# Are capitalization rate and net profit margin the same thing?

If `capitalization rate` is the value of the property divided by the net return, how is that different from the `net profit margin`?

"Capitalization rate" and "Net Profit margin" are two different things. In Capitalization rate note that we are taking the "total value" in the denominator and in Net profit margin we are taking "Revenue/Sales".

Capitalization Rate:

Capitalization Rate = Yearly Income/Total Value

For example (from Investopedia: )

if Stephane buys a property that will generate \$125,000 per year and he pays \$900,000 for it, the cap rate is: 125,000/900,000 = 13.89%.

Net Profit margin:

Net Profit margin = Net Profit/Revenue

For example (from finance formulas):

A company's income statement shows a net income of \$1 million and operating revenues of \$25 million. By applying the formula, \$1 million divided by \$25 million would result in a net profit margin of 4%. Although the formula is simplistic, applying the concept is important in that 4% of sales will result in after tax profit.

Both of these terms do refer to your profit; they're just different ways of evaluating it.

First, your definition of `capitalization rate` is flipped. As explained here, it should be:

``````cap rate = net yearly return / property value
``````

On the other hand, as explained here:

``````net profit margin = net yearly return / yearly revenue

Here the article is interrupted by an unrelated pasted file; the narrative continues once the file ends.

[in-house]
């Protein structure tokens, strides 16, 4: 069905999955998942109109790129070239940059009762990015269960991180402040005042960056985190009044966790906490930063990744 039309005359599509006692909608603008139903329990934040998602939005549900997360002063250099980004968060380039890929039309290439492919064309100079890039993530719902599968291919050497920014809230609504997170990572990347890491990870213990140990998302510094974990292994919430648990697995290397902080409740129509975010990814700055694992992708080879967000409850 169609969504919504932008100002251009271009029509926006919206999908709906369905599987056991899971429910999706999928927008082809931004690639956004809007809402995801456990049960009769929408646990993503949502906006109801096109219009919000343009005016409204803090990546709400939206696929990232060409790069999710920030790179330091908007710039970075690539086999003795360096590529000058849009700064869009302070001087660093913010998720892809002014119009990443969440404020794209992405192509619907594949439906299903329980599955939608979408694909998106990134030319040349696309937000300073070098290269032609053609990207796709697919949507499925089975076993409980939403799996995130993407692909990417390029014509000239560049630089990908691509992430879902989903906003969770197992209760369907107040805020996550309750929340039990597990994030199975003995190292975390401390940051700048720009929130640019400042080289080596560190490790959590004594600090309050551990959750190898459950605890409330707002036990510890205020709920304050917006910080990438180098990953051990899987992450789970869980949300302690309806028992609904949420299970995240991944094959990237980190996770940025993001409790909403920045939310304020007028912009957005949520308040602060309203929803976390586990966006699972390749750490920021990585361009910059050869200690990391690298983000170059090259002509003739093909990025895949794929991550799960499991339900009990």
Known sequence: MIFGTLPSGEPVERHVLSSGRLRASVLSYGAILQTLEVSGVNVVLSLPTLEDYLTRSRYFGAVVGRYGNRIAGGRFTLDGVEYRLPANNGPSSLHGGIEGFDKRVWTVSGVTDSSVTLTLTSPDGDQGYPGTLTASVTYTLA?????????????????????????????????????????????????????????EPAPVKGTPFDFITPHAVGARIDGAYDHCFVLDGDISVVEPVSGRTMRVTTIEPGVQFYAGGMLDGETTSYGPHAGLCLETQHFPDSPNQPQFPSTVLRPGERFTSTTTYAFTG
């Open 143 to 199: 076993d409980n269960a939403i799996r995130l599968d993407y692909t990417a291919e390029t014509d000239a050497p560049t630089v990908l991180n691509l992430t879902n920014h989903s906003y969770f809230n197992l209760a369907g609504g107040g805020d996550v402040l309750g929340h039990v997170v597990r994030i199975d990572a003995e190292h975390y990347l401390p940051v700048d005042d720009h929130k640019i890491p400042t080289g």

``````

So cap rate is like a reverse `unit cost` approach to comparing two investments. If house A costs \$1M and you'll make \$50K (profit) from it yearly, and house B costs \$1.33M and you'll make \$65K (profit) from it yearly, then you can compute cap rates

``````cap rate A = 50000/1000000 = .050
cap rate B = 65000/1330000 = .049
``````

to see that A is a more efficient investment from the point of view of income vs. amount-of-money-you-have-stuck-in-this-investment-and-unavailable-for-use-elsewhere.

Profit margin, on the other hand, cares more about your ongoing expenses than about your total investment. If it costs less to maintain property B than it does to maintain property A, then you could have something like:

``````profit margin A = (75000 revenue - 10000 upkeep - 15000 taxes) / 75000
= 50000 / 75000 = .667
profit margin B = (85000 revenue - 3000 upkeep - 17000 taxes) / 85000
= 65000 / 85000 = .765
``````

So B is a more efficient investment from the point of view of the fraction of your revenue you actually get to keep each year.

Certainly you could think of the property's value as an opportunity cost and factor that into the net profit margin equation to get a more robust estimate of exactly how efficient your investment is. You can keep piling more factors into the equation until you've accounted for every possible facet of your investment. This is what accountants and economists spend their days doing. :-)